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action adopted amendment American answered asked ballot believe Board called campaign carried Catt cause chairman Church citizens closed Club College Committee conference Congress Congressional Constitution continued convention delegates demand Democratic effort election enfranchisement equal expressed fact favor Federal Federal Amendment gave give given headquarters hearing held House interest introduced labor laws League legislation Legislature letter living Mary meeting ment Miss Miss Anthony mother movement National American never officers opened organization party passed platform political present president question received Representatives Republican resolution responsibility schools secretary secure Senate sent session Shaw showed South speakers speech spoke stand Suffrage Association suffragists taken tion told Union United vote voters Washington woman suffrage women York
Page 177 - Have not I commanded thee? Be strong and of a good courage ; be not afraid, neither be thou dismayed: for the LORD thy God is with thee whithersoever thou goest.
Page 167 - Favour is deceitful, and beauty is vain : but a woman that feareth the Lord, she shall be praised. Give her of the fruit of her hands; and let her own works praise her in the gates.
Page 213 - Greater love hath no man than this, that he lay down his life for his friends.
Page 496 - We feel the tide; we rejoice in the strength of it; and we shall not quarrel in the long run as to the method of it. Because, when you are working with masses of men and organized bodies of opinion, you have got to carry the organized body along. The whole art and practice of government consists, not in moving individuals, but in moving masses.
Page 619 - The right of suffrage in the United States shall be based on citizenship, and shall be regulated by Congress, and all citizens of the United States, whether native or naturalized, shall enjoy this right equally, without any distinction or discrimination whatever founded on sex.
Page 296 - When the white man governs himself, that is selfgovernment; but when he governs himself and also governs another man, that is more than selfgovernment — that is despotism. If the negro is a man, why then my ancient faith teaches me that "all men are created equal," and that there can be no moral right in connection with one man's making a slave of another.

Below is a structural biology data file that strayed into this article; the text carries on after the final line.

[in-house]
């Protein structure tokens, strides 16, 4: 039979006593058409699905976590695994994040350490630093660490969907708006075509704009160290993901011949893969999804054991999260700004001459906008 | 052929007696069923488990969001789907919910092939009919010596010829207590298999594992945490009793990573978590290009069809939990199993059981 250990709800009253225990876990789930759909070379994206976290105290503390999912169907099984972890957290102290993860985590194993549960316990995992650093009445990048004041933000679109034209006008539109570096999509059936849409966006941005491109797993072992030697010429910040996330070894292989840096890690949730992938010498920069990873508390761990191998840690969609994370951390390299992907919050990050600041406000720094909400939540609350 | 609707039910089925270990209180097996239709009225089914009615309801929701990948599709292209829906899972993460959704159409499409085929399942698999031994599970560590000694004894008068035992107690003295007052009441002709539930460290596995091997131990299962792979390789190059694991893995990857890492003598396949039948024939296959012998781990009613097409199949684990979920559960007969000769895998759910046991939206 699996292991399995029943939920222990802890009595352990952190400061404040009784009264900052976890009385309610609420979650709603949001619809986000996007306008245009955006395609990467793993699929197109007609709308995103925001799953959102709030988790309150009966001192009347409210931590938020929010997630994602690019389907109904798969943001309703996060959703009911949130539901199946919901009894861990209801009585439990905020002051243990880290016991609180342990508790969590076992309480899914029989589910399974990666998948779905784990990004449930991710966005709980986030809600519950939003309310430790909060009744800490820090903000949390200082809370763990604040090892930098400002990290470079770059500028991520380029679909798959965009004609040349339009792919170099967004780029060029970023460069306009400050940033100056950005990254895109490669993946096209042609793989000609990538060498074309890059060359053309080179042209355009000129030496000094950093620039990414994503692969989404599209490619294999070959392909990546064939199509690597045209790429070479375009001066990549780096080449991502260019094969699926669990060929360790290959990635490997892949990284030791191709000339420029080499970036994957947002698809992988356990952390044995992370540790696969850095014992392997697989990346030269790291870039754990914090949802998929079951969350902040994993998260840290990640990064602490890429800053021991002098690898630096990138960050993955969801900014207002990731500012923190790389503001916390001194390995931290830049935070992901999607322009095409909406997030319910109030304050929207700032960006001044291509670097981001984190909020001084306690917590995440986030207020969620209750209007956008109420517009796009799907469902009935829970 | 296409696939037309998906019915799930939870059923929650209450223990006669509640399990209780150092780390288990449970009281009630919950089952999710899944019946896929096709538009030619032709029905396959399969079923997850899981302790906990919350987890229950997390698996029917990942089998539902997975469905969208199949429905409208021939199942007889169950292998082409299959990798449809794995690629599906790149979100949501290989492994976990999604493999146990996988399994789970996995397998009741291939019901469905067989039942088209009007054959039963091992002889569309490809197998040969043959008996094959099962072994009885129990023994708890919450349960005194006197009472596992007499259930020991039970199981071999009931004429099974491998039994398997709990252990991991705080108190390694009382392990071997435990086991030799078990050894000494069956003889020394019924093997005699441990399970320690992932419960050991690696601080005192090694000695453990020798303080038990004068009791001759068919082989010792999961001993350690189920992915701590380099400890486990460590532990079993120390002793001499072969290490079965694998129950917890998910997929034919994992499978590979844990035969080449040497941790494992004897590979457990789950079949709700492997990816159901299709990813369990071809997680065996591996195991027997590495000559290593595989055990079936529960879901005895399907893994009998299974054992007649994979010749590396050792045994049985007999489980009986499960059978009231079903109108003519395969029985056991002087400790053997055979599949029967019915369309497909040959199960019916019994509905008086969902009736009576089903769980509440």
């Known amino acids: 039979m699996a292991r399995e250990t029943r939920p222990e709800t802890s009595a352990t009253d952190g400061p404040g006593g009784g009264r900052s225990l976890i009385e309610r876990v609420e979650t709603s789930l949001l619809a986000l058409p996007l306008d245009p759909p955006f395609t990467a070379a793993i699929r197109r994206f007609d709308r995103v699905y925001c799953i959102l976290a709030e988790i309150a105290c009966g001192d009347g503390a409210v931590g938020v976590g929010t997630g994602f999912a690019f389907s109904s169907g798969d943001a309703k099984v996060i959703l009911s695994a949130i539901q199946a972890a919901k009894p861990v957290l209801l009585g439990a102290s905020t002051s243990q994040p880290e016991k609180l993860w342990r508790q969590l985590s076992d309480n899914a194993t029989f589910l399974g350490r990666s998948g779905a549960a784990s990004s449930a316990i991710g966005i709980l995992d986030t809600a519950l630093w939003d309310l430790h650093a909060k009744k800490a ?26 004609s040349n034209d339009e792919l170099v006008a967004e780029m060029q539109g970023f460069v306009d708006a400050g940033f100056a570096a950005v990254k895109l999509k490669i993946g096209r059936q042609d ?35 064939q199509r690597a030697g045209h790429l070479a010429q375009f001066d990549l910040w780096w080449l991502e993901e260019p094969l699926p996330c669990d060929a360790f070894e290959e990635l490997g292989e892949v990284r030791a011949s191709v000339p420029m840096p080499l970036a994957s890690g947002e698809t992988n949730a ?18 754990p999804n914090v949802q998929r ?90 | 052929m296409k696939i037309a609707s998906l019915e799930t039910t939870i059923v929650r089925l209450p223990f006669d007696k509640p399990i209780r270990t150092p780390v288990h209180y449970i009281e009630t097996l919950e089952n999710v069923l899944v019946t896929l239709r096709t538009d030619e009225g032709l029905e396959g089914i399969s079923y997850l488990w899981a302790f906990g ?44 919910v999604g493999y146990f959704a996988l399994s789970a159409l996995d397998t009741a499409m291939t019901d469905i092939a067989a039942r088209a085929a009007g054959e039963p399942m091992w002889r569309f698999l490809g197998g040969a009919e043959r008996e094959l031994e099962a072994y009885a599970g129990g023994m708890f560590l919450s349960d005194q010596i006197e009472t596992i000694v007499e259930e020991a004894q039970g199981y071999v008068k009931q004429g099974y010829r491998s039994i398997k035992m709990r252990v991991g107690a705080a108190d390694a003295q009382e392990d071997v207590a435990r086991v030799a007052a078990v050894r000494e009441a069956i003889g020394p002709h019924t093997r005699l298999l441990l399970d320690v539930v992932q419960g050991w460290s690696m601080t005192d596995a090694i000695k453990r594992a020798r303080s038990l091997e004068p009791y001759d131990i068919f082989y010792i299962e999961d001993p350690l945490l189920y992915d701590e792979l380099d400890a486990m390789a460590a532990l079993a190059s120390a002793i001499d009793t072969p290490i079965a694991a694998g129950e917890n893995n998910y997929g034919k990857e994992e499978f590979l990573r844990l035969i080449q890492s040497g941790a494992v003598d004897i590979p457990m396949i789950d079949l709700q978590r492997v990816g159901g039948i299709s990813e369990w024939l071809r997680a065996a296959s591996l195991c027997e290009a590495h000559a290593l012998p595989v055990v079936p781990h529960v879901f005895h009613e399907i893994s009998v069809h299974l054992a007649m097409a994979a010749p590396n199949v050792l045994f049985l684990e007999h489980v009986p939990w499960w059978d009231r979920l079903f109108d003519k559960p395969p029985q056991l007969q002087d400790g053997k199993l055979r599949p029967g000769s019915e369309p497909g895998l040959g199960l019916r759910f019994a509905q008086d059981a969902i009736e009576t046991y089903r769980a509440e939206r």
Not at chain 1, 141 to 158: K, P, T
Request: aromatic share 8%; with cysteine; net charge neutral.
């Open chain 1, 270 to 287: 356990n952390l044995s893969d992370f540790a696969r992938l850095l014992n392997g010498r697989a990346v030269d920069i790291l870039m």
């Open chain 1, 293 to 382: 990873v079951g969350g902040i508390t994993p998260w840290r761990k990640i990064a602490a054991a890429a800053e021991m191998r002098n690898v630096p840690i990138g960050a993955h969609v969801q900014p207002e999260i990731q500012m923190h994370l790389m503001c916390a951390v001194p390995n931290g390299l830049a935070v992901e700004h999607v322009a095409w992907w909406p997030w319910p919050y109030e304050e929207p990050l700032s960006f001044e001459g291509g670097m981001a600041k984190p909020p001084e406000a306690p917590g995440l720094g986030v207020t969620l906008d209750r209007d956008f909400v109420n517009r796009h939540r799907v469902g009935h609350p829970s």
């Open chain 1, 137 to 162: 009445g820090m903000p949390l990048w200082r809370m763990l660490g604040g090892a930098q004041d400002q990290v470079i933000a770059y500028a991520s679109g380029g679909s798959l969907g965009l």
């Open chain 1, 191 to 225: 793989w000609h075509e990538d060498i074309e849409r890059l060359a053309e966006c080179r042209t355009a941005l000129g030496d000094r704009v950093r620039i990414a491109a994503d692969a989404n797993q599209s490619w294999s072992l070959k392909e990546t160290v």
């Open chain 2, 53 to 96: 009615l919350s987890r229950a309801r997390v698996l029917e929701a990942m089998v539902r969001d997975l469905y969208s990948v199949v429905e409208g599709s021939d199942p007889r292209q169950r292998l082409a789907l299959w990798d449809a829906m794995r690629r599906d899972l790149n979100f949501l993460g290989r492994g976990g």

Page 176 - Logically their elec-torate should be made up of those who can bear a valiant part in this arduous contest, those who in the past have at least attempted to care for children, to clean houses, to prepare foods, to isolate the family from moral dangers; those who have traditionally taken care of that side of life which inevitably becomes the subject of municipal consideration and control as soon as the population is congested. To test the elector's fitness to deal with this situation by his ability...
Page 23 - Taxation without representation is tyranny," and "Governments derive their just powers from the consent of the governed...
Page 495 - Americans could run any constitution. But there have been a great many technical difficulties in running it. And then something happened. A great question arose in this country which, though complicated with legal elements, was at bottom a human question, and nothing but a question of humanity. That was the slavery question. And is it not significant that it was then, and then for the first time, that women became prominent in politics in America? Not many women ; those prominent in that day...